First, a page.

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How has the NHS Garden design changed to suit the new September dates?
To further instill a sense of tranquility, Naomi wanted to use soft planting with a calming feel. “I had planned very earthy tones, apricots and peach tones, with roses including ‘Phyllis Bide’ and Rosa glauca, with lots of lush greens.” Then the show, which usually takes place in May, was postponed until September because of concerns over Covid restrictions, and Naomi had to go back to the drawing board. “I’ve had to change the whole palette of the planting, and at first I thought it was going to be a great challenge, to find a totally new set of plants for September,” she says, “but when I actually came down to it, I realised I had to think it through a lot. I decided to use grasses intermingled with perennials to bring that soft tone.”
Due to plant shortages across the industry and uncertainties about the weather this summer, Naomi can’t be sure of exactly what plants will feature, but she is hoping to use the ornamental grasses Stipa gigantea and Anemanthele lessoniana, with warm-hued, late-season flowers including Echinacea pallida, Persicaria ‘Firetail’, aster ‘Little Carlow’, Achillea ‘Walther Funke’ and dahlias such as ‘Thomas Edison’.
Even with the issues caused by the change of plan, the planting is Naomi’s favourite part of making any garden, and the bit she is most looking forward to in the build-up to the show. “It is really fun doing the build on site and getting all the landscaping sorted, but the actual planting at that stage is always such a nice moment. The greenery comes in, and it feels like a garden. I get excited when it’s time to add the plants.”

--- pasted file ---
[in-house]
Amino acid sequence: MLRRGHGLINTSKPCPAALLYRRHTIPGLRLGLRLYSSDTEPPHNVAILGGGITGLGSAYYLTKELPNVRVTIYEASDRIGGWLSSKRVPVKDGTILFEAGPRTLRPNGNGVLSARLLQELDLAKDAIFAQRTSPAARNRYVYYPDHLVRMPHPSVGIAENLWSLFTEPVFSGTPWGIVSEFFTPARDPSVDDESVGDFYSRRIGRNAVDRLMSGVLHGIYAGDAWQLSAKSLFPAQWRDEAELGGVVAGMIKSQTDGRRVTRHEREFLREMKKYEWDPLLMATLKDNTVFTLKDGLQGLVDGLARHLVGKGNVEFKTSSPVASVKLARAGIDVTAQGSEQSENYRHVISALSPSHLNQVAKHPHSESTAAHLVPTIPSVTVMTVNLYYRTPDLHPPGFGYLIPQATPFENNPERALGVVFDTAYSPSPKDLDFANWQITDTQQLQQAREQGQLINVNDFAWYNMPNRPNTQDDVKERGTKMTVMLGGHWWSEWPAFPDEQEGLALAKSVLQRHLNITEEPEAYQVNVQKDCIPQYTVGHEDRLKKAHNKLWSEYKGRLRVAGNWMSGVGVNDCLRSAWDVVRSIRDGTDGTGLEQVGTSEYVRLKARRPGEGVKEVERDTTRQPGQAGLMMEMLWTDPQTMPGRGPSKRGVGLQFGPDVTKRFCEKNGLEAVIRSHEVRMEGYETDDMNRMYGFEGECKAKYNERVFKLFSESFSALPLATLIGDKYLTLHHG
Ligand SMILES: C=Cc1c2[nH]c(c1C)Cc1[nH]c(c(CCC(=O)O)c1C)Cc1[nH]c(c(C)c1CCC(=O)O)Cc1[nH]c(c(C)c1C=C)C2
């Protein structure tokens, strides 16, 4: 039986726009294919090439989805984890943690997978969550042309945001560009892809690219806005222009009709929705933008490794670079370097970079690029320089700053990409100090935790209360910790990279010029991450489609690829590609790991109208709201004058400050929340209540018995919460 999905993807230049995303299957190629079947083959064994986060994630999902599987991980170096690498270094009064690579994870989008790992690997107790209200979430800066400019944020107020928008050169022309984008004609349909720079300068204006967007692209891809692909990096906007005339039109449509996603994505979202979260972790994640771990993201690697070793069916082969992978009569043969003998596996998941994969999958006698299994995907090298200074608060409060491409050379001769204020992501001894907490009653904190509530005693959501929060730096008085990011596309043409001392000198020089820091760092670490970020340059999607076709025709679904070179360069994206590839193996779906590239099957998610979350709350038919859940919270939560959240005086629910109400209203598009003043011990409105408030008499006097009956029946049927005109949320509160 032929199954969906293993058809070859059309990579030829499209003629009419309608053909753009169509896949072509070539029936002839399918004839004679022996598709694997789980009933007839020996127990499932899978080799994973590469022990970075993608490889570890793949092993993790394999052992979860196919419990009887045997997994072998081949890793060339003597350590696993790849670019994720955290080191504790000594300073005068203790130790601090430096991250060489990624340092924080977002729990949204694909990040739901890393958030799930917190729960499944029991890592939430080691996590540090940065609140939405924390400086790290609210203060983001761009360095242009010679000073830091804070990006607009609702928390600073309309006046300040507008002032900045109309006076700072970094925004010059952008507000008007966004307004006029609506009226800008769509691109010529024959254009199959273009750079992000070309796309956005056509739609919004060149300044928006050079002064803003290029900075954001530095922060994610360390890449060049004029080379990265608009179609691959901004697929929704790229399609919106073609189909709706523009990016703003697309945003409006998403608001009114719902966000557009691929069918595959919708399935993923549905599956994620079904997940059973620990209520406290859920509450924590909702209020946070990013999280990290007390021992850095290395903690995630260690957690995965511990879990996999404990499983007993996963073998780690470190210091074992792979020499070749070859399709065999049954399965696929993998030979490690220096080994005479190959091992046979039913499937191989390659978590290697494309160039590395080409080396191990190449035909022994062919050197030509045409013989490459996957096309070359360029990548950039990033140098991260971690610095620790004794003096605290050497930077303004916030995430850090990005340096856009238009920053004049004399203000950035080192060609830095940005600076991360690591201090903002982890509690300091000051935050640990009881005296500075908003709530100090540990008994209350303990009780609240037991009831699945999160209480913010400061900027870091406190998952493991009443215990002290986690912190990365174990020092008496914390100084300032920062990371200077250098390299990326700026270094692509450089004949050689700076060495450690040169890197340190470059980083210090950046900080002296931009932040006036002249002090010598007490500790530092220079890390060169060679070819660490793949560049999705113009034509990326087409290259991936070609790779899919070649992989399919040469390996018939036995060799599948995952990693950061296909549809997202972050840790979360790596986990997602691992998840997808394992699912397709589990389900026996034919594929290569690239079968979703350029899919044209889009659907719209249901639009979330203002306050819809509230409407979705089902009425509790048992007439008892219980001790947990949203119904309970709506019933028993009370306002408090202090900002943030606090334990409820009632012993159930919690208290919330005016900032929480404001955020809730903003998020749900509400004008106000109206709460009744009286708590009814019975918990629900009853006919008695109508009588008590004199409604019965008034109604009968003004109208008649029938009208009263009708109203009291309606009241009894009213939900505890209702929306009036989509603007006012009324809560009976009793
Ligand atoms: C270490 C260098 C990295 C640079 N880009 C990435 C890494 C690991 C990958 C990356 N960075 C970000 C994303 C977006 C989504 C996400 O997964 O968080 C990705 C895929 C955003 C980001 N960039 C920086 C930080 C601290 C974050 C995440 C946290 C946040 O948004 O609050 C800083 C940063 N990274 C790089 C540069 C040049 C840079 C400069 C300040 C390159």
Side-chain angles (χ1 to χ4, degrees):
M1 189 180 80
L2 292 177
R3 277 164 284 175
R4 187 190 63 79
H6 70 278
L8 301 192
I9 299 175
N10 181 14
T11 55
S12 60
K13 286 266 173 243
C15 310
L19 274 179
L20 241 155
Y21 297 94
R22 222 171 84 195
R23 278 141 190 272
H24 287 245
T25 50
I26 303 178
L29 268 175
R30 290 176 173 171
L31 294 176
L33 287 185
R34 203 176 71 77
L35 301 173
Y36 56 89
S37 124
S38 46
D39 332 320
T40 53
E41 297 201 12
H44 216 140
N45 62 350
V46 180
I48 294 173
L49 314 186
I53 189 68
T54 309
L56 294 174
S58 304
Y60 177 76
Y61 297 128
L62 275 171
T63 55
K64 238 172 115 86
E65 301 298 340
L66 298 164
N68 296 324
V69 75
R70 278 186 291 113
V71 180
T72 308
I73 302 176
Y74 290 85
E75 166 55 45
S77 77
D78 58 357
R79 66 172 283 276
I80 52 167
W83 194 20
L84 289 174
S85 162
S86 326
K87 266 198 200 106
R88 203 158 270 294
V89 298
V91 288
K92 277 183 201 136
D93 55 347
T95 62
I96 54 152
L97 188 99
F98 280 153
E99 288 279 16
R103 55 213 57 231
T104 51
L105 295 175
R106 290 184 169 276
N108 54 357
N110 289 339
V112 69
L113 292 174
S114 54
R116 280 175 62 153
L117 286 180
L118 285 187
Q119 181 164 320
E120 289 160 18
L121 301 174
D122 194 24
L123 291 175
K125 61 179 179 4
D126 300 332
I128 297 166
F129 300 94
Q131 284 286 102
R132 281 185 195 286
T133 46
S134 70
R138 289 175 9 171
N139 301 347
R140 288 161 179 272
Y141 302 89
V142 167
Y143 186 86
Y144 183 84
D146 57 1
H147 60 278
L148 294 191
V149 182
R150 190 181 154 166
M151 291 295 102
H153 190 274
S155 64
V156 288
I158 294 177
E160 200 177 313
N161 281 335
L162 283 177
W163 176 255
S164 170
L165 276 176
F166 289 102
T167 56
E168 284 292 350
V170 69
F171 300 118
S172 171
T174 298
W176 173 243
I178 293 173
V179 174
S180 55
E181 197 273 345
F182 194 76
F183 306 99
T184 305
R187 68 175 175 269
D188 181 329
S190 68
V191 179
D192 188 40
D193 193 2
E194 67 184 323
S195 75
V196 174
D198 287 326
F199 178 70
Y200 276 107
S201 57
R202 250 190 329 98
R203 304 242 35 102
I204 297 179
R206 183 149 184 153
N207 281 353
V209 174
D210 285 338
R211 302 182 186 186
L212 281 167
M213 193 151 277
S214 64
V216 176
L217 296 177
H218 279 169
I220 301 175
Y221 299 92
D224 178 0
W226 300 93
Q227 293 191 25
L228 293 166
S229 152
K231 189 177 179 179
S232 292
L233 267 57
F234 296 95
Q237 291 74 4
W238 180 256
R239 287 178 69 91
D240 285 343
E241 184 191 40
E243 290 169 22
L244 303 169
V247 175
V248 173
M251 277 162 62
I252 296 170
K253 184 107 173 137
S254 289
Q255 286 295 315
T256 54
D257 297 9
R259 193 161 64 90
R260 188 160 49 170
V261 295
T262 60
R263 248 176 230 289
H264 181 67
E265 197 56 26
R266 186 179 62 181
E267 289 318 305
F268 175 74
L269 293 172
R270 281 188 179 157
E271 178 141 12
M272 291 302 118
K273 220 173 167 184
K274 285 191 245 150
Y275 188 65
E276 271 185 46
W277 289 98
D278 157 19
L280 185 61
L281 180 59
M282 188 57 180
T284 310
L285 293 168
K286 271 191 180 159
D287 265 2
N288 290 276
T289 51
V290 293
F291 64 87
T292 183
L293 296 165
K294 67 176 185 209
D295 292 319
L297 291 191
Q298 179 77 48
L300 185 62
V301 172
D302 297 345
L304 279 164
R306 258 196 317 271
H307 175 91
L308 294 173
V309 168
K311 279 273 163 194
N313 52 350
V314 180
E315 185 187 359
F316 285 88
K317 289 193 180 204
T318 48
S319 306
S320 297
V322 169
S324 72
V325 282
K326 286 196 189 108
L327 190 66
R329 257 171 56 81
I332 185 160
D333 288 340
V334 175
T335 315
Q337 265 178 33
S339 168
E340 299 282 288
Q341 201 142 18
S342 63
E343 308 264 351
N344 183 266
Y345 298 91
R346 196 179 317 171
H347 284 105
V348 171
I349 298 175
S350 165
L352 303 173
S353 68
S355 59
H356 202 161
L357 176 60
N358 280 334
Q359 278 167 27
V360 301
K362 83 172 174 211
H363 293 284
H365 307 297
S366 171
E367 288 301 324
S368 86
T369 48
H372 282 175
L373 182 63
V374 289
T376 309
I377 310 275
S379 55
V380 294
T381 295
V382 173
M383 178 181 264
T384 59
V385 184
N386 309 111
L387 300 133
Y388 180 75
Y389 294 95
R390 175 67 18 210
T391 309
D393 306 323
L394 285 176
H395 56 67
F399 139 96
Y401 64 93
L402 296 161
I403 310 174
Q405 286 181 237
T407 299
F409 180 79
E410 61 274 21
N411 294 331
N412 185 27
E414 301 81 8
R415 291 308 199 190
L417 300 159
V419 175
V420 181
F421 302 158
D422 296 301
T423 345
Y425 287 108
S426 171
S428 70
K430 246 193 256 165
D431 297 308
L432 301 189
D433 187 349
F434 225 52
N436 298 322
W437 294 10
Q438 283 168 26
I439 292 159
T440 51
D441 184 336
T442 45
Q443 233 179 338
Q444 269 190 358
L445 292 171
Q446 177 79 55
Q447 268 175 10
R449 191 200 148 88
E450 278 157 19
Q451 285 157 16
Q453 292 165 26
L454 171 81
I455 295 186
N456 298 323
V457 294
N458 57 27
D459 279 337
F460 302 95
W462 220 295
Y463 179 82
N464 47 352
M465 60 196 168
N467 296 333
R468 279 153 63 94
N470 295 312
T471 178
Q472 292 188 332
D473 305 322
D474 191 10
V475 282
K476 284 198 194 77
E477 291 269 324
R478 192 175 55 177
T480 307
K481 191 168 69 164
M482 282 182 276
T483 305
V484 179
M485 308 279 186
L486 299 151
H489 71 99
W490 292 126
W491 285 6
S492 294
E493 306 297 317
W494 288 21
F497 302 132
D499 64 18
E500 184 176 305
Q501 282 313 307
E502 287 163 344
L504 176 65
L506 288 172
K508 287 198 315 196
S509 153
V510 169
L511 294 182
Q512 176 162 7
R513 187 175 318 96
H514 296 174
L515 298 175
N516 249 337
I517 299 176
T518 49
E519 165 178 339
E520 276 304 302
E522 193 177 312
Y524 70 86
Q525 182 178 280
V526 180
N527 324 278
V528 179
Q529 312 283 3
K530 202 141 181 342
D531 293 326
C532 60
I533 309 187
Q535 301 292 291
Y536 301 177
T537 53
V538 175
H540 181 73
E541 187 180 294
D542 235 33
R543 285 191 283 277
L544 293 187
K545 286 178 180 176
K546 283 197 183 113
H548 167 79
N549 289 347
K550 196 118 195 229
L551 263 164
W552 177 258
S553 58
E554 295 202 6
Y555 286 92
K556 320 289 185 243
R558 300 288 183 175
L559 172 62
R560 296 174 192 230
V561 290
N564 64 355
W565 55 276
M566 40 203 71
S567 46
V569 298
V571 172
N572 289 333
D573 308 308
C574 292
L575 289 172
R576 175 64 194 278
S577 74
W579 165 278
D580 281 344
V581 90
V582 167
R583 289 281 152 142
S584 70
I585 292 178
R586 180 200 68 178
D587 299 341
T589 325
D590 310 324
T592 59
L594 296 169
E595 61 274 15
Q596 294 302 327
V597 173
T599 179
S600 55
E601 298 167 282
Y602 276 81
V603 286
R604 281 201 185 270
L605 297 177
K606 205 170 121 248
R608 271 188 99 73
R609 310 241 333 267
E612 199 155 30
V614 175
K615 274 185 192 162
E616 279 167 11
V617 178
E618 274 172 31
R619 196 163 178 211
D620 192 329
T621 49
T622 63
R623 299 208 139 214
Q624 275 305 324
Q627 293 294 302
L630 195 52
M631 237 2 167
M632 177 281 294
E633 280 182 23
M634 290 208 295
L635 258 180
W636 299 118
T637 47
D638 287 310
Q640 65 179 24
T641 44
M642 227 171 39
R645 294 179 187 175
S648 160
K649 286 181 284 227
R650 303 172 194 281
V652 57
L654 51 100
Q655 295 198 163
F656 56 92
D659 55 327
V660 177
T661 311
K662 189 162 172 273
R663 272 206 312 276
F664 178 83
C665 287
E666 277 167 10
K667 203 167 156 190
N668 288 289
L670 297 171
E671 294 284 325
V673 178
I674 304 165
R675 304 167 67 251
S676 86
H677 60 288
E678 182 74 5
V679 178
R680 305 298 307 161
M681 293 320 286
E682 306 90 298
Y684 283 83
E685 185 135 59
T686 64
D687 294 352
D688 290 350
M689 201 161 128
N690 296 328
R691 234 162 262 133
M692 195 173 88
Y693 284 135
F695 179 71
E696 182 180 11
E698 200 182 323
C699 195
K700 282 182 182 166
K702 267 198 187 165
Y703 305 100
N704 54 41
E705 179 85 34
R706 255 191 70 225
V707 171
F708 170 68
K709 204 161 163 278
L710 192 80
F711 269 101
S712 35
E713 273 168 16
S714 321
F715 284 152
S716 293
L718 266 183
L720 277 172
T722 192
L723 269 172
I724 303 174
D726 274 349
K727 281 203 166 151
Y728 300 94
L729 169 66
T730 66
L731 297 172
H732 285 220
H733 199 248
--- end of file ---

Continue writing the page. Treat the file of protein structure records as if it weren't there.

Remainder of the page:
How will the garden interact with people and NHS staff?
A keen gardener from a young age, Naomi believes in the importance of horticulture for wellbeing. She now runs a successful garden design practice in Sussex, but before she retrained several years ago, she worked in the care sector. It’s important to her that she gets this garden right, but she says has received a lot of positive feedback already.
“People are loving the design, which is really nice,” she explains. “It’s an amazing project to be a part of. We are going to be speaking to some nurses in a few weeks – they are the ones who have put their lives on the line, and it’s good to be able to show how grateful we are to all these people who personally had to deal with what happened, on the frontline.”
There are also plans for NHS staff to volunteer on the garden at Chelsea, so they can come and spend the day at the show, and chat with visitors.
What will happen the NHS Garden after Chelsea?
After the show, it is hoped that the garden will be transformed into a hospital garden. “If it goes to a hospital, it is going to be of most benefit, and we are in talks right now about how that can happen,” Naomi explains.
But whether at the show or as a more permanent fixture somewhere else afterwards, she wants the garden to be a space for contemplation, somewhere people can try to recover and heal from tragedy. “I really hope that people will feel special when they sit in the garden, and enjoy it.” It’s about looking to a brighter future, she says, and remembering that even in these testing times, we are all united by a common aim to support each other.